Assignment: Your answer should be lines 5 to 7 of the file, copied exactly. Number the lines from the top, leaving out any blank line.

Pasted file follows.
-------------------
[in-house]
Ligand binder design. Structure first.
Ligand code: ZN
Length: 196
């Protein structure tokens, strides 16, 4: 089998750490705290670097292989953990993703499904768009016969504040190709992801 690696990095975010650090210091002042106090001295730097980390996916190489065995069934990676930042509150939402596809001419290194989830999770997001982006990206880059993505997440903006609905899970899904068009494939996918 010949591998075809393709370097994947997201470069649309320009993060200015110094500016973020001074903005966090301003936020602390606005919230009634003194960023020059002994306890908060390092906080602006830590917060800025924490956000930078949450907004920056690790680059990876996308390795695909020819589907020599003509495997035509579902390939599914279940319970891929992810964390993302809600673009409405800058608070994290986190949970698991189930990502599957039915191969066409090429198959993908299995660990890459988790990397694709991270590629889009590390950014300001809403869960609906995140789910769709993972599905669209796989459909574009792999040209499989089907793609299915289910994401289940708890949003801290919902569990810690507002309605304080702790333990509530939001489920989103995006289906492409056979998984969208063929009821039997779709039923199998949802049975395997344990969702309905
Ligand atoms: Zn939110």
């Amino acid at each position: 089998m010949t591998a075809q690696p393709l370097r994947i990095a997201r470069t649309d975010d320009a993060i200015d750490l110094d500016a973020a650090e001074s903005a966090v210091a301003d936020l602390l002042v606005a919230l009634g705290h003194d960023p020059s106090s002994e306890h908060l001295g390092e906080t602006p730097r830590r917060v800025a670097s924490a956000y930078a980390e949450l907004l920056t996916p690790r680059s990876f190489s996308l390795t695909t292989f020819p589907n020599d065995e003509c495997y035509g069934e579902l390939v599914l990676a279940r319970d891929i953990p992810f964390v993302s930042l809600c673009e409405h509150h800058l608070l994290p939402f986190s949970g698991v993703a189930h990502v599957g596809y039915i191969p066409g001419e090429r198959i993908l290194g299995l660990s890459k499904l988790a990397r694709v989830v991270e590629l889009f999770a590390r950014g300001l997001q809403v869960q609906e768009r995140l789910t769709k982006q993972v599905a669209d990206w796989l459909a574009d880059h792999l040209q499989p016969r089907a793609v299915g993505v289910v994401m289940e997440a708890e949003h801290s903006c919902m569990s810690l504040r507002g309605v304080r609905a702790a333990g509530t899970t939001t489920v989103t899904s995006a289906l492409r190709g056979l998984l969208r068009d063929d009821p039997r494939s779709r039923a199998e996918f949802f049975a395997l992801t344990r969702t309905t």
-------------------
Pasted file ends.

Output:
């Protein structure tokens, strides 16, 4: 089998750490705290670097292989953990993703499904768009016969504040190709992801 690696990095975010650090210091002042106090001295730097980390996916190489065995069934990676930042509150939402596809001419290194989830999770997001982006990206880059993505997440903006609905899970899904068009494939996918 010949591998075809393709370097994947997201470069649309320009993060200015110094500016973020001074903005966090301003936020602390606005919230009634003194960023020059002994306890908060390092906080602006830590917060800025924490956000930078949450907004920056690790680059990876996308390795695909020819589907020599003509495997035509579902390939599914279940319970891929992810964390993302809600673009409405800058608070994290986190949970698991189930990502599957039915191969066409090429198959993908299995660990890459988790990397694709991270590629889009590390950014300001809403869960609906995140789910769709993972599905669209796989459909574009792999040209499989089907793609299915289910994401289940708890949003801290919902569990810690507002309605304080702790333990509530939001489920989103995006289906492409056979998984969208063929009821039997779709039923199998949802049975395997344990969702309905
Ligand atoms: Zn939110």
């Amino acid at each position: 089998m010949t591998a075809q690696p393709l370097r994947i990095a997201r470069t649309d975010d320009a993060i200015d750490l110094d500016a973020a650090e001074s903005a966090v210091a301003d936020l602390l002042v606005a919230l009634g705290h003194d960023p020059s106090s002994e306890h908060l001295g390092e906080t602006p730097r830590r917060v800025a670097s924490a956000y930078a980390e949450l907004l920056t996916p690790r680059s990876f190489s996308l390795t695909t292989f020819p589907n020599d065995e003509c495997y035509g069934e579902l390939v599914l990676a279940r319970d891929i953990p992810f964390v993302s930042l809600c673009e409405h509150h800058l608070l994290p939402f986190s949970g698991v993703a189930h990502v599957g596809y039915i191969p066409g001419e090429r198959i993908l290194g299995l660990s890459k499904l988790a990397r694709v989830v991270e590629l889009f999770a590390r950014g300001l997001q809403v869960q609906e768009r995140l789910t769709k982006q993972v599905a669209d990206w796989l459909a574009d880059h792999l040209q499989p016969r089907a793609v299915g993505v289910v994401m289940e997440a708890e949003h801290s903006c919902m569990s810690l504040r507002g309605v304080r609905a702790a333990g509530t899970t939001t489920v989103t899904s995006a289906l492409r190709g056979l998984l969208r068009d063929d009821p039997r494939s779709r039923a199998e996918f949802f049975a395997l992801t344990r969702t309905t």